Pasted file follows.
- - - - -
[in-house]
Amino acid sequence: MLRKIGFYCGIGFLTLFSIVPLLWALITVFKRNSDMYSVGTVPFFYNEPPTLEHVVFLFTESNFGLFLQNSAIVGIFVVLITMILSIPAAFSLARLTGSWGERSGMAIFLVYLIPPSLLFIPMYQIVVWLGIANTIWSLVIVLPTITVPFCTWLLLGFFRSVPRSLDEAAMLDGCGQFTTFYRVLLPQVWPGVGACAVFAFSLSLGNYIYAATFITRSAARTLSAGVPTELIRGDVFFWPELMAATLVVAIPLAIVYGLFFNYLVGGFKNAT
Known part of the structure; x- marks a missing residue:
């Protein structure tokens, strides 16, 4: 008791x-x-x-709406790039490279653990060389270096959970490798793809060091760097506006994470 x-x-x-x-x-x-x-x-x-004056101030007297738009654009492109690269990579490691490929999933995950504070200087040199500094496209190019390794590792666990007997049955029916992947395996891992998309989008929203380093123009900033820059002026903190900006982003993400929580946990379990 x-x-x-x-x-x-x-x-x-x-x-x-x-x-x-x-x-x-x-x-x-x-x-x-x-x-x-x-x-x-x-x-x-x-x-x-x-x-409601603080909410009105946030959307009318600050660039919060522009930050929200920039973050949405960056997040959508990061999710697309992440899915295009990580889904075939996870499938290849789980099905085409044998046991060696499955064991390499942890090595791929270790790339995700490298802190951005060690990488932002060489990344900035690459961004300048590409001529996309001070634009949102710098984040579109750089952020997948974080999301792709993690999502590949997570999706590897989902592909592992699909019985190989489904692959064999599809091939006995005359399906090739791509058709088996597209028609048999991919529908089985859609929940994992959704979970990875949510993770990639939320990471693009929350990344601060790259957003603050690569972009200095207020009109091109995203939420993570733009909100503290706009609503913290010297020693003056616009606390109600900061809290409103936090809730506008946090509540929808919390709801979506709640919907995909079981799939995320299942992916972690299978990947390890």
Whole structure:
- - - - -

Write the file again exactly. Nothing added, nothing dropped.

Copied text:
[in-house]
Amino acid sequence: MLRKIGFYCGIGFLTLFSIVPLLWALITVFKRNSDMYSVGTVPFFYNEPPTLEHVVFLFTESNFGLFLQNSAIVGIFVVLITMILSIPAAFSLARLTGSWGERSGMAIFLVYLIPPSLLFIPMYQIVVWLGIANTIWSLVIVLPTITVPFCTWLLLGFFRSVPRSLDEAAMLDGCGQFTTFYRVLLPQVWPGVGACAVFAFSLSLGNYIYAATFITRSAARTLSAGVPTELIRGDVFFWPELMAATLVVAIPLAIVYGLFFNYLVGGFKNAT
Known part of the structure; x- marks a missing residue:
């Protein structure tokens, strides 16, 4: 008791x-x-x-709406790039490279653990060389270096959970490798793809060091760097506006994470 x-x-x-x-x-x-x-x-x-004056101030007297738009654009492109690269990579490691490929999933995950504070200087040199500094496209190019390794590792666990007997049955029916992947395996891992998309989008929203380093123009900033820059002026903190900006982003993400929580946990379990 x-x-x-x-x-x-x-x-x-x-x-x-x-x-x-x-x-x-x-x-x-x-x-x-x-x-x-x-x-x-x-x-x-x-x-x-x-x-409601603080909410009105946030959307009318600050660039919060522009930050929200920039973050949405960056997040959508990061999710697309992440899915295009990580889904075939996870499938290849789980099905085409044998046991060696499955064991390499942890090595791929270790790339995700490298802190951005060690990488932002060489990344900035690459961004300048590409001529996309001070634009949102710098984040579109750089952020997948974080999301792709993690999502590949997570999706590897989902592909592992699909019985190989489904692959064999599809091939006995005359399906090739791509058709088996597209028609048999991919529908089985859609929940994992959704979970990875949510993770990639939320990471693009929350990344601060790259957003603050690569972009200095207020009109091109995203939420993570733009909100503290706009609503913290010297020693003056616009606390109600900061809290409103936090809730506008946090509540929808919390709801979506709640919907995909079981799939995320299942992916972690299978990947390890």
Whole structure: